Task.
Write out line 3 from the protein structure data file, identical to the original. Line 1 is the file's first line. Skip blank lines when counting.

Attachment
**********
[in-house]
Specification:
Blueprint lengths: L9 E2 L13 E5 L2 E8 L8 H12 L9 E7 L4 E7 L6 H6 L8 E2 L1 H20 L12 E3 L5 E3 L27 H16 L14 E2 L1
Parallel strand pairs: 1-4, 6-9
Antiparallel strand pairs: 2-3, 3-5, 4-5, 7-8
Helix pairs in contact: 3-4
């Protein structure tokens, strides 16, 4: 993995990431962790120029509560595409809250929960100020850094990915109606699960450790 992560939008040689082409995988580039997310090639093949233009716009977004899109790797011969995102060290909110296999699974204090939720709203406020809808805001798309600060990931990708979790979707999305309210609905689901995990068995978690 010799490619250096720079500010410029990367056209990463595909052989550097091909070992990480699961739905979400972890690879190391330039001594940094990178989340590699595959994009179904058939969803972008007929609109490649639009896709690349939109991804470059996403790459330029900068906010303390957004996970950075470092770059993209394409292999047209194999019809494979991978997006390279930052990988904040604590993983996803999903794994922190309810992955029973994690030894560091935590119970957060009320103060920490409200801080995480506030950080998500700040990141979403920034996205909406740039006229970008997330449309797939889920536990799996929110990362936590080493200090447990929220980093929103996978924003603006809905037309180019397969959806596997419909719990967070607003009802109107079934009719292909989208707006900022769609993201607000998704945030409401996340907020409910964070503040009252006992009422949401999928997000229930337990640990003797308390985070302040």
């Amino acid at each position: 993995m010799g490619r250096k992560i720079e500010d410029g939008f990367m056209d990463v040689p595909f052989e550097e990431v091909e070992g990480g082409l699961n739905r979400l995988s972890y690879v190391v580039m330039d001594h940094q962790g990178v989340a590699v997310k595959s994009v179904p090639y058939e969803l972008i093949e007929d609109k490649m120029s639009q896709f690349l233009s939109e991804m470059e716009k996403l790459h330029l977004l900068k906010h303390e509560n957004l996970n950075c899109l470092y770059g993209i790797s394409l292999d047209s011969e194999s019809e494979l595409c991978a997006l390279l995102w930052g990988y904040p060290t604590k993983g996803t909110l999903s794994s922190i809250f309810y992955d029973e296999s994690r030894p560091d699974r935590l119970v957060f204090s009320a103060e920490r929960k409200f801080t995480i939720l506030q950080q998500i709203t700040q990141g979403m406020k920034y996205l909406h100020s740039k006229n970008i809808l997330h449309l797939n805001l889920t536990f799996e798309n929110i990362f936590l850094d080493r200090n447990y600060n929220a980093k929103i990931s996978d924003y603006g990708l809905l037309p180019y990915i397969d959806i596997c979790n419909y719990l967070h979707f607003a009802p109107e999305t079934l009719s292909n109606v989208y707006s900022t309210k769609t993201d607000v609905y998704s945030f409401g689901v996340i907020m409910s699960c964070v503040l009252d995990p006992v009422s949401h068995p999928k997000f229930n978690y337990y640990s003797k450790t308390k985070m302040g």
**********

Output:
Blueprint lengths: L9 E2 L13 E5 L2 E8 L8 H12 L9 E7 L4 E7 L6 H6 L8 E2 L1 H20 L12 E3 L5 E3 L27 H16 L14 E2 L1